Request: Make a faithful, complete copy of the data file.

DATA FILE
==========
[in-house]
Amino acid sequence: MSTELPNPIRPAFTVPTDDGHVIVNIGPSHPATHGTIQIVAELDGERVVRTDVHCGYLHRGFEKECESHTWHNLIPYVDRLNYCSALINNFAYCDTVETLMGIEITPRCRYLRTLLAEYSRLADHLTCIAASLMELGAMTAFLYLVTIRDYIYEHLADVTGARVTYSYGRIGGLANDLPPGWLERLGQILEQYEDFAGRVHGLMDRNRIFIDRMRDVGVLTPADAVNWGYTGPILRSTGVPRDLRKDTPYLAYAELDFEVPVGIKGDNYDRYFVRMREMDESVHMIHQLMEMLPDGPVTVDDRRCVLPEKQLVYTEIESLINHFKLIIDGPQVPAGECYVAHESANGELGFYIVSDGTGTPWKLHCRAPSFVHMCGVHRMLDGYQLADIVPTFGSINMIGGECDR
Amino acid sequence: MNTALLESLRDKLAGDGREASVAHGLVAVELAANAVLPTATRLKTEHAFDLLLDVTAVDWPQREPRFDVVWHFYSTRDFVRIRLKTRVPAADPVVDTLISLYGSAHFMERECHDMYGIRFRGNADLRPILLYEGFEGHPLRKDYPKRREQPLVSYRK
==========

[in-house]
Amino acid sequence: MSTELPNPIRPAFTVPTDDGHVIVNIGPSHPATHGTIQIVAELDGERVVRTDVHCGYLHRGFEKECESHTWHNLIPYVDRLNYCSALINNFAYCDTVETLMGIEITPRCRYLRTLLAEYSRLADHLTCIAASLMELGAMTAFLYLVTIRDYIYEHLADVTGARVTYSYGRIGGLANDLPPGWLERLGQILEQYEDFAGRVHGLMDRNRIFIDRMRDVGVLTPADAVNWGYTGPILRSTGVPRDLRKDTPYLAYAELDFEVPVGIKGDNYDRYFVRMREMDESVHMIHQLMEMLPDGPVTVDDRRCVLPEKQLVYTEIESLINHFKLIIDGPQVPAGECYVAHESANGELGFYIVSDGTGTPWKLHCRAPSFVHMCGVHRMLDGYQLADIVPTFGSINMIGGECDR
Amino acid sequence: MNTALLESLRDKLAGDGREASVAHGLVAVELAANAVLPTATRLKTEHAFDLLLDVTAVDWPQREPRFDVVWHFYSTRDFVRIRLKTRVPAADPVVDTLISLYGSAHFMERECHDMYGIRFRGNADLRPILLYEGFEGHPLRKDYPKRREQPLVSYRK